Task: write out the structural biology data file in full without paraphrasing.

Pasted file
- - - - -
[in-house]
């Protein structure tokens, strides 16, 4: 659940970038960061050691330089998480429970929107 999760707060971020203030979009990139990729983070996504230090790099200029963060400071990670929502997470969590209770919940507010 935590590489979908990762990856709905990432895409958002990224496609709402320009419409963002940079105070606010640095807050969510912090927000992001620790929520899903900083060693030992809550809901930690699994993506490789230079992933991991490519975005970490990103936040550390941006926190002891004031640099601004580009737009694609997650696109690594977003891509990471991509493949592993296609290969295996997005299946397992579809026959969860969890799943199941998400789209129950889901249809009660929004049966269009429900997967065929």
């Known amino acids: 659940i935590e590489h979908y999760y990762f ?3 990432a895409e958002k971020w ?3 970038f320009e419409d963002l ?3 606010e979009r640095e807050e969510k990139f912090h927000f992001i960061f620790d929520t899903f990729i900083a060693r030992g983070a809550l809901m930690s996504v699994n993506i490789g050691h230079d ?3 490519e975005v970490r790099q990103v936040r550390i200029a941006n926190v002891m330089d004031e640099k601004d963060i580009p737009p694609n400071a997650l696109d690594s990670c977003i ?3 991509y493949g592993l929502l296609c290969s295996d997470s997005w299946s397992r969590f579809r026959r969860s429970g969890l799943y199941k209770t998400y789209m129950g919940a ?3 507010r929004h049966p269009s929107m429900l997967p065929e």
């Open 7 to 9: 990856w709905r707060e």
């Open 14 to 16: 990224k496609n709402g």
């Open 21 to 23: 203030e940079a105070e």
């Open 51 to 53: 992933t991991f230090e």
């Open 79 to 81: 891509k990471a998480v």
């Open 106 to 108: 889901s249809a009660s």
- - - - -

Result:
[in-house]
């Protein structure tokens, strides 16, 4: 659940970038960061050691330089998480429970929107 999760707060971020203030979009990139990729983070996504230090790099200029963060400071990670929502997470969590209770919940507010 935590590489979908990762990856709905990432895409958002990224496609709402320009419409963002940079105070606010640095807050969510912090927000992001620790929520899903900083060693030992809550809901930690699994993506490789230079992933991991490519975005970490990103936040550390941006926190002891004031640099601004580009737009694609997650696109690594977003891509990471991509493949592993296609290969295996997005299946397992579809026959969860969890799943199941998400789209129950889901249809009660929004049966269009429900997967065929």
């Known amino acids: 659940i935590e590489h979908y999760y990762f ?3 990432a895409e958002k971020w ?3 970038f320009e419409d963002l ?3 606010e979009r640095e807050e969510k990139f912090h927000f992001i960061f620790d929520t899903f990729i900083a060693r030992g983070a809550l809901m930690s996504v699994n993506i490789g050691h230079d ?3 490519e975005v970490r790099q990103v936040r550390i200029a941006n926190v002891m330089d004031e640099k601004d963060i580009p737009p694609n400071a997650l696109d690594s990670c977003i ?3 991509y493949g592993l929502l296609c290969s295996d997470s997005w299946s397992r969590f579809r026959r969860s429970g969890l799943y199941k209770t998400y789209m129950g919940a ?3 507010r929004h049966p269009s929107m429900l997967p065929e």
């Open 7 to 9: 990856w709905r707060e």
């Open 14 to 16: 990224k496609n709402g």
């Open 21 to 23: 203030e940079a105070e």
């Open 51 to 53: 992933t991991f230090e």
């Open 79 to 81: 891509k990471a998480v």
């Open 106 to 108: 889901s249809a009660s």